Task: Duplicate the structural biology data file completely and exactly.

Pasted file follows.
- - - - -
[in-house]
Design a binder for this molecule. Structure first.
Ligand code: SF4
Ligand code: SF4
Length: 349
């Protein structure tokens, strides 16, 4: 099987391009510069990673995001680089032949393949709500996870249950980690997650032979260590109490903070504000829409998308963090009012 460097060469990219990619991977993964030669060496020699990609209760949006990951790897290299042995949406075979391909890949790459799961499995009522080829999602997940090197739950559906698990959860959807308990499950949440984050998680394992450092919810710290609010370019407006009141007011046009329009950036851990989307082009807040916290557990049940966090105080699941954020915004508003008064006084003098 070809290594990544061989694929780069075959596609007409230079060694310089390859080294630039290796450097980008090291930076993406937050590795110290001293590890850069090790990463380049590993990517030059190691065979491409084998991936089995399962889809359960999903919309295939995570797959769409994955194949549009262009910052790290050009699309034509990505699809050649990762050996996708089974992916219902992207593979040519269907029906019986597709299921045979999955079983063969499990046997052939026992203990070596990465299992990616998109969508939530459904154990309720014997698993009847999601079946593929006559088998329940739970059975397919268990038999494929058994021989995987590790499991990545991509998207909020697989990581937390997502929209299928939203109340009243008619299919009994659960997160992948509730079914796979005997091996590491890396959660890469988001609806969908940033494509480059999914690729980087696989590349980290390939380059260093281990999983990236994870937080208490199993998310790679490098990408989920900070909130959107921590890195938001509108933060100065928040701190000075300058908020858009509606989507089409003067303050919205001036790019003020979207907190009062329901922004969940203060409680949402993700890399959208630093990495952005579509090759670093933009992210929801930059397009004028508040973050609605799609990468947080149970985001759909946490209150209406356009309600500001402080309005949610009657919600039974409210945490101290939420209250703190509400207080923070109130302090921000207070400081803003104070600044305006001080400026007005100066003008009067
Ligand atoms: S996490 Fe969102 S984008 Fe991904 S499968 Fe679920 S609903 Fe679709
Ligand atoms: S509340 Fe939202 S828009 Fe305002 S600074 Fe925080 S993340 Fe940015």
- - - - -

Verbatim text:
[in-house]
Design a binder for this molecule. Structure first.
Ligand code: SF4
Ligand code: SF4
Length: 349
């Protein structure tokens, strides 16, 4: 099987391009510069990673995001680089032949393949709500996870249950980690997650032979260590109490903070504000829409998308963090009012 460097060469990219990619991977993964030669060496020699990609209760949006990951790897290299042995949406075979391909890949790459799961499995009522080829999602997940090197739950559906698990959860959807308990499950949440984050998680394992450092919810710290609010370019407006009141007011046009329009950036851990989307082009807040916290557990049940966090105080699941954020915004508003008064006084003098 070809290594990544061989694929780069075959596609007409230079060694310089390859080294630039290796450097980008090291930076993406937050590795110290001293590890850069090790990463380049590993990517030059190691065979491409084998991936089995399962889809359960999903919309295939995570797959769409994955194949549009262009910052790290050009699309034509990505699809050649990762050996996708089974992916219902992207593979040519269907029906019986597709299921045979999955079983063969499990046997052939026992203990070596990465299992990616998109969508939530459904154990309720014997698993009847999601079946593929006559088998329940739970059975397919268990038999494929058994021989995987590790499991990545991509998207909020697989990581937390997502929209299928939203109340009243008619299919009994659960997160992948509730079914796979005997091996590491890396959660890469988001609806969908940033494509480059999914690729980087696989590349980290390939380059260093281990999983990236994870937080208490199993998310790679490098990408989920900070909130959107921590890195938001509108933060100065928040701190000075300058908020858009509606989507089409003067303050919205001036790019003020979207907190009062329901922004969940203060409680949402993700890399959208630093990495952005579509090759670093933009992210929801930059397009004028508040973050609605799609990468947080149970985001759909946490209150209406356009309600500001402080309005949610009657919600039974409210945490101290939420209250703190509400207080923070109130302090921000207070400081803003104070600044305006001080400026007005100066003008009067
Ligand atoms: S996490 Fe969102 S984008 Fe991904 S499968 Fe679920 S609903 Fe679709
Ligand atoms: S509340 Fe939202 S828009 Fe305002 S600074 Fe925080 S993340 Fe940015």